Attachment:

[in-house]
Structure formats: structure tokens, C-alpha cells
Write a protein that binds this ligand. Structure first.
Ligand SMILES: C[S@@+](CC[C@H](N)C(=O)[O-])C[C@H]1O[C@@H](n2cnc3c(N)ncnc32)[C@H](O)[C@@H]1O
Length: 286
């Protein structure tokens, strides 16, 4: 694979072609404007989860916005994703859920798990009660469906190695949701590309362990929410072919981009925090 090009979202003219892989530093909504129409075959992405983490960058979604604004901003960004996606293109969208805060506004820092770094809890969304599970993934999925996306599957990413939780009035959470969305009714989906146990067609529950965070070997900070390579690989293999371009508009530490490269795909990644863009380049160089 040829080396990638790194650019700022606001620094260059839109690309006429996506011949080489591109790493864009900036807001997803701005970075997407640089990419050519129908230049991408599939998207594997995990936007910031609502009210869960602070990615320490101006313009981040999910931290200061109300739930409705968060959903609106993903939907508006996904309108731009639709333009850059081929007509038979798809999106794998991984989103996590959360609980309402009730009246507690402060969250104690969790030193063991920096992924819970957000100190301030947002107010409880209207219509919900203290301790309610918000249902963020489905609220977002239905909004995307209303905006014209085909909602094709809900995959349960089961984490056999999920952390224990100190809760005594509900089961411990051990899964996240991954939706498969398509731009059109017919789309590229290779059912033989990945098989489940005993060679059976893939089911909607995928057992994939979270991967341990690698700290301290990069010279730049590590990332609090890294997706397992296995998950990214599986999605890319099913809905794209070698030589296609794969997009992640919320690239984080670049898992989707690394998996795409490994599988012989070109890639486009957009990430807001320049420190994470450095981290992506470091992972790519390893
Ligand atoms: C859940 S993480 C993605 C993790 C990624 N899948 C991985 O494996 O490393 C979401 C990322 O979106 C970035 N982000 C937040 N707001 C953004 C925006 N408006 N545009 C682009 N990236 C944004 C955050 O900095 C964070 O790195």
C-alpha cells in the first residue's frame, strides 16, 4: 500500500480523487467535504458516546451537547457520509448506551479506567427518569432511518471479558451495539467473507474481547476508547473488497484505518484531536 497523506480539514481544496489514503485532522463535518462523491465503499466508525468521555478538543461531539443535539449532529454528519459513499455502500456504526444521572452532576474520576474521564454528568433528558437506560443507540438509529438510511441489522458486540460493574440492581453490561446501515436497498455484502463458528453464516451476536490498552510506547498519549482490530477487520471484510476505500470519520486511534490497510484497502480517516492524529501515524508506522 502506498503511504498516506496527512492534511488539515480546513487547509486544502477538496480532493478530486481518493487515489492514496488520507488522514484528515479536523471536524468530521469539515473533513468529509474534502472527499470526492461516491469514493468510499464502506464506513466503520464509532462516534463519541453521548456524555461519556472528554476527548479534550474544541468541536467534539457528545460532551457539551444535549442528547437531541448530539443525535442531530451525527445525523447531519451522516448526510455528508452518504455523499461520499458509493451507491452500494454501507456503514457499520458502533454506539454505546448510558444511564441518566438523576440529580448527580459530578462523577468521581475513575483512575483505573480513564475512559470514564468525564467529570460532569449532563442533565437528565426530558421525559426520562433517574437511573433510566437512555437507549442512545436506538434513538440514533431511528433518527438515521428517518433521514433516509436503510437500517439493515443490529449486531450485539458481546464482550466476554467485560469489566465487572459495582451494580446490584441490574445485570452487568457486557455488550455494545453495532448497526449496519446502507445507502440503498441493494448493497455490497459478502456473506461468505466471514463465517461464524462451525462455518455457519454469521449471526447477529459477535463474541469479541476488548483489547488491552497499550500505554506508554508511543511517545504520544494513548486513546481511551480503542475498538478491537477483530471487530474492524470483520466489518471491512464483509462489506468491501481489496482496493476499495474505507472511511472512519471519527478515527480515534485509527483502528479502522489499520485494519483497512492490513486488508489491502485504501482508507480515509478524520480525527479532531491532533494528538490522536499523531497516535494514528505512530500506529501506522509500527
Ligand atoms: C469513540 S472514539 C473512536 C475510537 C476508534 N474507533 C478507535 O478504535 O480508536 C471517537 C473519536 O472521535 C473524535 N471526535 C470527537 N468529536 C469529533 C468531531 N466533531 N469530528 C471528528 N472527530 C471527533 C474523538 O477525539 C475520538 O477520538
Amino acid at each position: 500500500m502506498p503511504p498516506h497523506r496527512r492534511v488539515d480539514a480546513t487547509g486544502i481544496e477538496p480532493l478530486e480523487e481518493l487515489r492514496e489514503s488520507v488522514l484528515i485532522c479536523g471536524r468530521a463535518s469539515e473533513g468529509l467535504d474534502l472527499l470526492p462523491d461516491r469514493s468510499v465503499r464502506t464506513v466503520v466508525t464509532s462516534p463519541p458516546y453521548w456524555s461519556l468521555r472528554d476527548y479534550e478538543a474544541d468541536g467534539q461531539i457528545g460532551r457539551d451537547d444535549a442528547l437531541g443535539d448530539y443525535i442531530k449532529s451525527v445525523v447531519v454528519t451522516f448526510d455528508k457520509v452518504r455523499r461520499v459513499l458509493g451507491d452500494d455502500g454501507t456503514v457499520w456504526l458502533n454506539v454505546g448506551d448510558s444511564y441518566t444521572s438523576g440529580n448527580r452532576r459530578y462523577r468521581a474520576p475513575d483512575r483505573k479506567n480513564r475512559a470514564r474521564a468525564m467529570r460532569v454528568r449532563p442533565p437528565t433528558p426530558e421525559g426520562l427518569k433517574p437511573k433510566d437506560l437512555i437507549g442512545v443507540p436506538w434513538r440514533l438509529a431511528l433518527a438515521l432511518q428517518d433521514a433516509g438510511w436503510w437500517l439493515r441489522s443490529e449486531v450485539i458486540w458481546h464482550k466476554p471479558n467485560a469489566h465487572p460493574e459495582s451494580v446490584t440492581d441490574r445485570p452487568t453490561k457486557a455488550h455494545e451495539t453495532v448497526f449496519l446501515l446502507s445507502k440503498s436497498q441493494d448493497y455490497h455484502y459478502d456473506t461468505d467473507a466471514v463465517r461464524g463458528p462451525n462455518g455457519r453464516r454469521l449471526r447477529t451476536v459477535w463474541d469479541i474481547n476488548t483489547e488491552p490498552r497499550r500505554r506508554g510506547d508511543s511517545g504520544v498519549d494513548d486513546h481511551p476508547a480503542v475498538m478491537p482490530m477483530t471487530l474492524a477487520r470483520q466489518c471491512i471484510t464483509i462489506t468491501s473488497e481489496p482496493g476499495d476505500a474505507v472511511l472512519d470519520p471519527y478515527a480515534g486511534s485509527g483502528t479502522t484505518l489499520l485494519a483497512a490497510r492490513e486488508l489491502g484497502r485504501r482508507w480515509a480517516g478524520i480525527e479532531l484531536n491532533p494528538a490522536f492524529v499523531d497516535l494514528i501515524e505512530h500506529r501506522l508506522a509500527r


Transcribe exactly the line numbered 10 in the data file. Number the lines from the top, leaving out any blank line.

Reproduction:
Amino acid at each position: 500500500m502506498p503511504p498516506h497523506r496527512r492534511v488539515d480539514a480546513t487547509g486544502i481544496e477538496p480532493l478530486e480523487e481518493l487515489r492514496e489514503s488520507v488522514l484528515i485532522c479536523g471536524r468530521a463535518s469539515e473533513g468529509l467535504d474534502l472527499l470526492p462523491d461516491r469514493s468510499v465503499r464502506t464506513v466503520v466508525t464509532s462516534p463519541p458516546y453521548w456524555s461519556l468521555r472528554d476527548y479534550e478538543a474544541d468541536g467534539q461531539i457528545g460532551r457539551d451537547d444535549a442528547l437531541g443535539d448530539y443525535i442531530k449532529s451525527v445525523v447531519v454528519t451522516f448526510d455528508k457520509v452518504r455523499r461520499v459513499l458509493g451507491d452500494d455502500g454501507t456503514v457499520w456504526l458502533n454506539v454505546g448506551d448510558s444511564y441518566t444521572s438523576g440529580n448527580r452532576r459530578y462523577r468521581a474520576p475513575d483512575r483505573k479506567n480513564r475512559a470514564r474521564a468525564m467529570r460532569v454528568r449532563p442533565p437528565t433528558p426530558e421525559g426520562l427518569k433517574p437511573k433510566d437506560l437512555i437507549g442512545v443507540p436506538w434513538r440514533l438509529a431511528l433518527a438515521l432511518q428517518d433521514a433516509g438510511w436503510w437500517l439493515r441489522s443490529e449486531v450485539i458486540w458481546h464482550k466476554p471479558n467485560a469489566h465487572p460493574e459495582s451494580v446490584t440492581d441490574r445485570p452487568t453490561k457486557a455488550h455494545e451495539t453495532v448497526f449496519l446501515l446502507s445507502k440503498s436497498q441493494d448493497y455490497h455484502y459478502d456473506t461468505d467473507a466471514v463465517r461464524g463458528p462451525n462455518g455457519r453464516r454469521l449471526r447477529t451476536v459477535w463474541d469479541i474481547n476488548t483489547e488491552p490498552r497499550r500505554r506508554g510506547d508511543s511517545g504520544v498519549d494513548d486513546h481511551p476508547a480503542v475498538m478491537p482490530m477483530t471487530l474492524a477487520r470483520q466489518c471491512i471484510t464483509i462489506t468491501s473488497e481489496p482496493g476499495d476505500a474505507v472511511l472512519d470519520p471519527y478515527a480515534g486511534s485509527g483502528t479502522t484505518l489499520l485494519a483497512a490497510r492490513e486488508l489491502g484497502r485504501r482508507w480515509a480517516g478524520i480525527e479532531l484531536n491532533p494528538a490522536f492524529v499523531d497516535l494514528i501515524e505512530h500506529r501506522l508506522a509500527r